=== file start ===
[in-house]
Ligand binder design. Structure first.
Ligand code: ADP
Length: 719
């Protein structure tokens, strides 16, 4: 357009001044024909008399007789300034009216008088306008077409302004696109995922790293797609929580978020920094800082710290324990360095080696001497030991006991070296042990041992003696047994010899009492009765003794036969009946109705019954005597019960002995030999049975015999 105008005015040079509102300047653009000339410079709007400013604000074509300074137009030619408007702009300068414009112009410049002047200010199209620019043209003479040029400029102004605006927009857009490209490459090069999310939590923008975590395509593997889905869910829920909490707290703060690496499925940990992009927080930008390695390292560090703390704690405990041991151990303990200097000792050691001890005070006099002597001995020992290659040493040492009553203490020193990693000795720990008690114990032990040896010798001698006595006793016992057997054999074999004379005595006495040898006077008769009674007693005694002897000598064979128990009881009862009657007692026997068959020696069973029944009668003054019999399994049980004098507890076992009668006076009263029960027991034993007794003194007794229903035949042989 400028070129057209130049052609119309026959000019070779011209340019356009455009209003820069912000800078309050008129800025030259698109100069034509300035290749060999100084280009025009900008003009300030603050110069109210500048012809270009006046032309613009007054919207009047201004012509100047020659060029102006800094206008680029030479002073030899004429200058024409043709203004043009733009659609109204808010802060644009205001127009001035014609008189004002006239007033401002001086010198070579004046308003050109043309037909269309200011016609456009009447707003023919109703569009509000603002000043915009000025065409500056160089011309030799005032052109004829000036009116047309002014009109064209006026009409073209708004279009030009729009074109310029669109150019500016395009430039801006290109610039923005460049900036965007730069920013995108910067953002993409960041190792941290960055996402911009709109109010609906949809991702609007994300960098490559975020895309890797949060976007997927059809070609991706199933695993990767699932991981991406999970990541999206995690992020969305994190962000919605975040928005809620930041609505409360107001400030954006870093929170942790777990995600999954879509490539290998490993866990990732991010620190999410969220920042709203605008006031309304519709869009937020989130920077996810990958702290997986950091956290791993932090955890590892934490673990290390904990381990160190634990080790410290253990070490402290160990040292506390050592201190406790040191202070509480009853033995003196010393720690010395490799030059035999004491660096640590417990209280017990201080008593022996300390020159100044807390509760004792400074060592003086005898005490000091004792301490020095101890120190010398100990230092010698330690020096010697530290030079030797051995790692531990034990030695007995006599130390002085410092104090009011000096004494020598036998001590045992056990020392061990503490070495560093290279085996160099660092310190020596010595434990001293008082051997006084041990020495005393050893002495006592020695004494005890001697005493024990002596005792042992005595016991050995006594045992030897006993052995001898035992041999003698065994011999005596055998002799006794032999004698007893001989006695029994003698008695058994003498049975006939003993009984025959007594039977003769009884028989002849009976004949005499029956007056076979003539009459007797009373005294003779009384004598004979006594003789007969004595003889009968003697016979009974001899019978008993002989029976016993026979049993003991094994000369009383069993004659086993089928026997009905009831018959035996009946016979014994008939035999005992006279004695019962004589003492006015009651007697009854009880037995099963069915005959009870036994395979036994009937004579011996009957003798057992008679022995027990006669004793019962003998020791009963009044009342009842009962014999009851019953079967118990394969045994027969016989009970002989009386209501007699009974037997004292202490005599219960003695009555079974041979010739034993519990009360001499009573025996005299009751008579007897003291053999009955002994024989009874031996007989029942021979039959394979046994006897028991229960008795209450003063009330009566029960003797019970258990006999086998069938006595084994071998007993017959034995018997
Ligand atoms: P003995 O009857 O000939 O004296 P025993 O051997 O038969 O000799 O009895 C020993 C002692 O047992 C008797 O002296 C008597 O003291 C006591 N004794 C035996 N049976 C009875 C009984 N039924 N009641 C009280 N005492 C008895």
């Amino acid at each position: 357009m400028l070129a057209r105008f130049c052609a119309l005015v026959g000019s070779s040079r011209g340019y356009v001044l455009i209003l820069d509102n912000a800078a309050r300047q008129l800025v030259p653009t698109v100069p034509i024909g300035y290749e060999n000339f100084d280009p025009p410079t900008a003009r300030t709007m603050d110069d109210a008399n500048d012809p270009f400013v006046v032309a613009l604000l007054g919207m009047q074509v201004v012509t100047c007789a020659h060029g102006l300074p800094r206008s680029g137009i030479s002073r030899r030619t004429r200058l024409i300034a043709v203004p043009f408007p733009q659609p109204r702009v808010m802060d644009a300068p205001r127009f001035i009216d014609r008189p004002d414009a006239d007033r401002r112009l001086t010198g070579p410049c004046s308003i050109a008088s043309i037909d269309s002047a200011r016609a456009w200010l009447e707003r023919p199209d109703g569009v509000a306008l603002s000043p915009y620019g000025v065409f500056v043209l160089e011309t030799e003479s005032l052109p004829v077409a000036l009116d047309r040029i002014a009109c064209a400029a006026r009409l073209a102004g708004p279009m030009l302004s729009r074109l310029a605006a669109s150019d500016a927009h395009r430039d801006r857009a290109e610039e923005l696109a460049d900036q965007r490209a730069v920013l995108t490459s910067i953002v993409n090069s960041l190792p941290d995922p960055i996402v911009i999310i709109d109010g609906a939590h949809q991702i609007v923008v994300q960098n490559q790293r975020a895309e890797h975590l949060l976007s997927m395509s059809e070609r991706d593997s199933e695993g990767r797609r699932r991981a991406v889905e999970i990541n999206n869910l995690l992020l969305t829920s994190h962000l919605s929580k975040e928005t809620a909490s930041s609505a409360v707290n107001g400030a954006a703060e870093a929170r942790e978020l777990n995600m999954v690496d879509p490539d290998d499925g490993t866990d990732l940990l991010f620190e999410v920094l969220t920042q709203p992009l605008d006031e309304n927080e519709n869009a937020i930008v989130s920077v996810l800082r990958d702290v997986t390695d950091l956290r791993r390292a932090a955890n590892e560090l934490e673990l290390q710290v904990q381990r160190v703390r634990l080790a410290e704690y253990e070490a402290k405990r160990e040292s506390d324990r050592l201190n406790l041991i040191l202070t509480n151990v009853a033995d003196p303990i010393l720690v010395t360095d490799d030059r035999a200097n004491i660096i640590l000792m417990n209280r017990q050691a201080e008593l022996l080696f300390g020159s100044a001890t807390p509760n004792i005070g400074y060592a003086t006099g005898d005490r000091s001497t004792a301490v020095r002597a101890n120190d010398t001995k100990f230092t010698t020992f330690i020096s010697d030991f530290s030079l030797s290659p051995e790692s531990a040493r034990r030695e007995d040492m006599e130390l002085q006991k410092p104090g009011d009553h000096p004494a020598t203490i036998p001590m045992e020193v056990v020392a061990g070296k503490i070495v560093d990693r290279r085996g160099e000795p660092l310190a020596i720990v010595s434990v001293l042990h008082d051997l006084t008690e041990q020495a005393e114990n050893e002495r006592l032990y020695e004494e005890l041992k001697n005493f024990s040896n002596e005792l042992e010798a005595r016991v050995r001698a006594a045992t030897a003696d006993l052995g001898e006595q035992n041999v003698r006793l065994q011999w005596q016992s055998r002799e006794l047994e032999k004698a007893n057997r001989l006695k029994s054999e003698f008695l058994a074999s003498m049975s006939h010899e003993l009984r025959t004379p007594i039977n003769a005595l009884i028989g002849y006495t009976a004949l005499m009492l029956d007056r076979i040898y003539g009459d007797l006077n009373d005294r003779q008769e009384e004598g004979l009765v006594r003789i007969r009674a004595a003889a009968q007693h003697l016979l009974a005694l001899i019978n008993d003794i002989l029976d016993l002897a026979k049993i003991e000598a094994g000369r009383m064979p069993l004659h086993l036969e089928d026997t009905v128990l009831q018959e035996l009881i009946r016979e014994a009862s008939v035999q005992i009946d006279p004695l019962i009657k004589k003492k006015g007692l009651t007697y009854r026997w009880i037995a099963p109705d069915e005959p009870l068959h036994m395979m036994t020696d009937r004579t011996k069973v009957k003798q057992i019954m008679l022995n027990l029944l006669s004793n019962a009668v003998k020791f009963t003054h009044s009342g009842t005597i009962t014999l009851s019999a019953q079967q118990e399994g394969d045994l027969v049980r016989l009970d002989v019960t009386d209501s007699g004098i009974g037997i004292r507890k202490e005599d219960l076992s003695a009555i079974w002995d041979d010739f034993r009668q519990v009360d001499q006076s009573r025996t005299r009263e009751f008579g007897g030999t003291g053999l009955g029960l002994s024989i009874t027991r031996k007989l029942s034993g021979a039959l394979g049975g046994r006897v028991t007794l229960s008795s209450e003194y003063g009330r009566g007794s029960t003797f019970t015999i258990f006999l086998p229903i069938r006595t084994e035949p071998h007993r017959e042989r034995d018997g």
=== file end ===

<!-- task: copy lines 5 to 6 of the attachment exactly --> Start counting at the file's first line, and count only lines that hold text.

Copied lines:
């Protein structure tokens, strides 16, 4: 357009001044024909008399007789300034009216008088306008077409302004696109995922790293797609929580978020920094800082710290324990360095080696001497030991006991070296042990041992003696047994010899009492009765003794036969009946109705019954005597019960002995030999049975015999 105008005015040079509102300047653009000339410079709007400013604000074509300074137009030619408007702009300068414009112009410049002047200010199209620019043209003479040029400029102004605006927009857009490209490459090069999310939590923008975590395509593997889905869910829920909490707290703060690496499925940990992009927080930008390695390292560090703390704690405990041991151990303990200097000792050691001890005070006099002597001995020992290659040493040492009553203490020193990693000795720990008690114990032990040896010798001698006595006793016992057997054999074999004379005595006495040898006077008769009674007693005694002897000598064979128990009881009862009657007692026997068959020696069973029944009668003054019999399994049980004098507890076992009668006076009263029960027991034993007794003194007794229903035949042989 400028070129057209130049052609119309026959000019070779011209340019356009455009209003820069912000800078309050008129800025030259698109100069034509300035290749060999100084280009025009900008003009300030603050110069109210500048012809270009006046032309613009007054919207009047201004012509100047020659060029102006800094206008680029030479002073030899004429200058024409043709203004043009733009659609109204808010802060644009205001127009001035014609008189004002006239007033401002001086010198070579004046308003050109043309037909269309200011016609456009009447707003023919109703569009509000603002000043915009000025065409500056160089011309030799005032052109004829000036009116047309002014009109064209006026009409073209708004279009030009729009074109310029669109150019500016395009430039801006290109610039923005460049900036965007730069920013995108910067953002993409960041190792941290960055996402911009709109109010609906949809991702609007994300960098490559975020895309890797949060976007997927059809070609991706199933695993990767699932991981991406999970990541999206995690992020969305994190962000919605975040928005809620930041609505409360107001400030954006870093929170942790777990995600999954879509490539290998490993866990990732991010620190999410969220920042709203605008006031309304519709869009937020989130920077996810990958702290997986950091956290791993932090955890590892934490673990290390904990381990160190634990080790410290253990070490402290160990040292506390050592201190406790040191202070509480009853033995003196010393720690010395490799030059035999004491660096640590417990209280017990201080008593022996300390020159100044807390509760004792400074060592003086005898005490000091004792301490020095101890120190010398100990230092010698330690020096010697530290030079030797051995790692531990034990030695007995006599130390002085410092104090009011000096004494020598036998001590045992056990020392061990503490070495560093290279085996160099660092310190020596010595434990001293008082051997006084041990020495005393050893002495006592020695004494005890001697005493024990002596005792042992005595016991050995006594045992030897006993052995001898035992041999003698065994011999005596055998002799006794032999004698007893001989006695029994003698008695058994003498049975006939003993009984025959007594039977003769009884028989002849009976004949005499029956007056076979003539009459007797009373005294003779009384004598004979006594003789007969004595003889009968003697016979009974001899019978008993002989029976016993026979049993003991094994000369009383069993004659086993089928026997009905009831018959035996009946016979014994008939035999005992006279004695019962004589003492006015009651007697009854009880037995099963069915005959009870036994395979036994009937004579011996009957003798057992008679022995027990006669004793019962003998020791009963009044009342009842009962014999009851019953079967118990394969045994027969016989009970002989009386209501007699009974037997004292202490005599219960003695009555079974041979010739034993519990009360001499009573025996005299009751008579007897003291053999009955002994024989009874031996007989029942021979039959394979046994006897028991229960008795209450003063009330009566029960003797019970258990006999086998069938006595084994071998007993017959034995018997
Ligand atoms: P003995 O009857 O000939 O004296 P025993 O051997 O038969 O000799 O009895 C020993 C002692 O047992 C008797 O002296 C008597 O003291 C006591 N004794 C035996 N049976 C009875 C009984 N039924 N009641 C009280 N005492 C008895």